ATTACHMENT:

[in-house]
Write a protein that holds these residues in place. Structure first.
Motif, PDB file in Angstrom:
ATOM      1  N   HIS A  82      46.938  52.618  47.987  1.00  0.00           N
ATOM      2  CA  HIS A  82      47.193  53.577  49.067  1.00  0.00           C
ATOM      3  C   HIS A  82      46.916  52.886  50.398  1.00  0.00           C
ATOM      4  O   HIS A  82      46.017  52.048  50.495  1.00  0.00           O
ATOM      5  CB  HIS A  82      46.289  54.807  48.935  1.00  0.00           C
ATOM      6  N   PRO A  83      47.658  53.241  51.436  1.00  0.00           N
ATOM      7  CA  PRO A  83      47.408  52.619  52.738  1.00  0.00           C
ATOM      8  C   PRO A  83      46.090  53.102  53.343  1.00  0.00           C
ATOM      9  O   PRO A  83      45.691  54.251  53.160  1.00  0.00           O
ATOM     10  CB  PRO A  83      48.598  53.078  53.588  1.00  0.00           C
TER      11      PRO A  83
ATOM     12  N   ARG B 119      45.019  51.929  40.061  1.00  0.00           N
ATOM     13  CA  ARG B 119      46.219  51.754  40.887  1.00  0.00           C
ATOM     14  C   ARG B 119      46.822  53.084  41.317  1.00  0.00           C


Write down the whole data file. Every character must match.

[in-house]
Write a protein that holds these residues in place. Structure first.
Motif, PDB file in Angstrom:
ATOM      1  N   HIS A  82      46.938  52.618  47.987  1.00  0.00           N
ATOM      2  CA  HIS A  82      47.193  53.577  49.067  1.00  0.00           C
ATOM      3  C   HIS A  82      46.916  52.886  50.398  1.00  0.00           C
ATOM      4  O   HIS A  82      46.017  52.048  50.495  1.00  0.00           O
ATOM      5  CB  HIS A  82      46.289  54.807  48.935  1.00  0.00           C
ATOM      6  N   PRO A  83      47.658  53.241  51.436  1.00  0.00           N
ATOM      7  CA  PRO A  83      47.408  52.619  52.738  1.00  0.00           C
ATOM      8  C   PRO A  83      46.090  53.102  53.343  1.00  0.00           C
ATOM      9  O   PRO A  83      45.691  54.251  53.160  1.00  0.00           O
ATOM     10  CB  PRO A  83      48.598  53.078  53.588  1.00  0.00           C
TER      11      PRO A  83
ATOM     12  N   ARG B 119      45.019  51.929  40.061  1.00  0.00           N
ATOM     13  CA  ARG B 119      46.219  51.754  40.887  1.00  0.00           C
ATOM     14  C   ARG B 119      46.822  53.084  41.317  1.00  0.00           C